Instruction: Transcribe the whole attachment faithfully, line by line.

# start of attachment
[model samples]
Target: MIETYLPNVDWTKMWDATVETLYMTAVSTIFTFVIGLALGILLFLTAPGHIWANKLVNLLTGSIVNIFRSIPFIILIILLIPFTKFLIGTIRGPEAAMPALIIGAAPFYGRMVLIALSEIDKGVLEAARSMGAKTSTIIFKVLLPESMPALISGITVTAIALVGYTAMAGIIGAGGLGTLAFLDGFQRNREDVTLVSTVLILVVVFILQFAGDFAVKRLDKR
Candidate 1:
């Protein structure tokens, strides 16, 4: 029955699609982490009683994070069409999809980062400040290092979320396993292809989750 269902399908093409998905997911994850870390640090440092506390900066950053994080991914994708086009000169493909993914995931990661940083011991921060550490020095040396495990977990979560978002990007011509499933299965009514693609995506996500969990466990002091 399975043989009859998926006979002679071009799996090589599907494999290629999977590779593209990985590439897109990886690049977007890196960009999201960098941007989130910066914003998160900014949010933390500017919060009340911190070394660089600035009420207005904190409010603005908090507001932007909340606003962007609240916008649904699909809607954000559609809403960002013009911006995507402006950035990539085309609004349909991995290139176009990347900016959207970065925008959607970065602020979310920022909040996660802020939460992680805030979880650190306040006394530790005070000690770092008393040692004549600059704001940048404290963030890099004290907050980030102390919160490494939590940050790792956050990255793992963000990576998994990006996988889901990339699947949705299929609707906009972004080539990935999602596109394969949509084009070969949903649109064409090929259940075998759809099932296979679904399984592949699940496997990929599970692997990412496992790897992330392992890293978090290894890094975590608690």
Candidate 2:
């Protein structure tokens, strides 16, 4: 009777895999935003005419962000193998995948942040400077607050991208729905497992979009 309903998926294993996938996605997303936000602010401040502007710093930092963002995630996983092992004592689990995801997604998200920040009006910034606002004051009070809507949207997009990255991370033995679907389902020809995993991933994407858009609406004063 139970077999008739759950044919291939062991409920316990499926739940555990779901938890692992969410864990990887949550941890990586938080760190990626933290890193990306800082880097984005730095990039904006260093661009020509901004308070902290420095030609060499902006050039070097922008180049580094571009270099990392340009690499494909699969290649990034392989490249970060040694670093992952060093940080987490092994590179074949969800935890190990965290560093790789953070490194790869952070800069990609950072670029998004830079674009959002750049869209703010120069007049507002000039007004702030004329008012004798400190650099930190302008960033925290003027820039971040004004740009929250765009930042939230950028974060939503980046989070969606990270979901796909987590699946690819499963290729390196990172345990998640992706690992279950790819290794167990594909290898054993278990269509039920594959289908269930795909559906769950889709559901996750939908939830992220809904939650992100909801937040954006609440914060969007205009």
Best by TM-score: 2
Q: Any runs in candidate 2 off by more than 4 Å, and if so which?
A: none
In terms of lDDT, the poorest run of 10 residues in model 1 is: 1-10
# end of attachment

[model samples]
Target: MIETYLPNVDWTKMWDATVETLYMTAVSTIFTFVIGLALGILLFLTAPGHIWANKLVNLLTGSIVNIFRSIPFIILIILLIPFTKFLIGTIRGPEAAMPALIIGAAPFYGRMVLIALSEIDKGVLEAARSMGAKTSTIIFKVLLPESMPALISGITVTAIALVGYTAMAGIIGAGGLGTLAFLDGFQRNREDVTLVSTVLILVVVFILQFAGDFAVKRLDKR
Candidate 1:
């Protein structure tokens, strides 16, 4: 029955699609982490009683994070069409999809980062400040290092979320396993292809989750 269902399908093409998905997911994850870390640090440092506390900066950053994080991914994708086009000169493909993914995931990661940083011991921060550490020095040396495990977990979560978002990007011509499933299965009514693609995506996500969990466990002091 399975043989009859998926006979002679071009799996090589599907494999290629999977590779593209990985590439897109990886690049977007890196960009999201960098941007989130910066914003998160900014949010933390500017919060009340911190070394660089600035009420207005904190409010603005908090507001932007909340606003962007609240916008649904699909809607954000559609809403960002013009911006995507402006950035990539085309609004349909991995290139176009990347900016959207970065925008959607970065602020979310920022909040996660802020939460992680805030979880650190306040006394530790005070000690770092008393040692004549600059704001940048404290963030890099004290907050980030102390919160490494939590940050790792956050990255793992963000990576998994990006996988889901990339699947949705299929609707906009972004080539990935999602596109394969949509084009070969949903649109064409090929259940075998759809099932296979679904399984592949699940496997990929599970692997990412496992790897992330392992890293978090290894890094975590608690």
Candidate 2:
């Protein structure tokens, strides 16, 4: 009777895999935003005419962000193998995948942040400077607050991208729905497992979009 309903998926294993996938996605997303936000602010401040502007710093930092963002995630996983092992004592689990995801997604998200920040009006910034606002004051009070809507949207997009990255991370033995679907389902020809995993991933994407858009609406004063 139970077999008739759950044919291939062991409920316990499926739940555990779901938890692992969410864990990887949550941890990586938080760190990626933290890193990306800082880097984005730095990039904006260093661009020509901004308070902290420095030609060499902006050039070097922008180049580094571009270099990392340009690499494909699969290649990034392989490249970060040694670093992952060093940080987490092994590179074949969800935890190990965290560093790789953070490194790869952070800069990609950072670029998004830079674009959002750049869209703010120069007049507002000039007004702030004329008012004798400190650099930190302008960033925290003027820039971040004004740009929250765009930042939230950028974060939503980046989070969606990270979901796909987590699946690819499963290729390196990172345990998640992706690992279950790819290794167990594909290898054993278990269509039920594959289908269930795909559906769950889709559901996750939908939830992220809904939650992100909801937040954006609440914060969007205009």
Best by TM-score: 2
Q: Any runs in candidate 2 off by more than 4 Å, and if so which?
A: none
In terms of lDDT, the poorest run of 10 residues in model 1 is: 1-10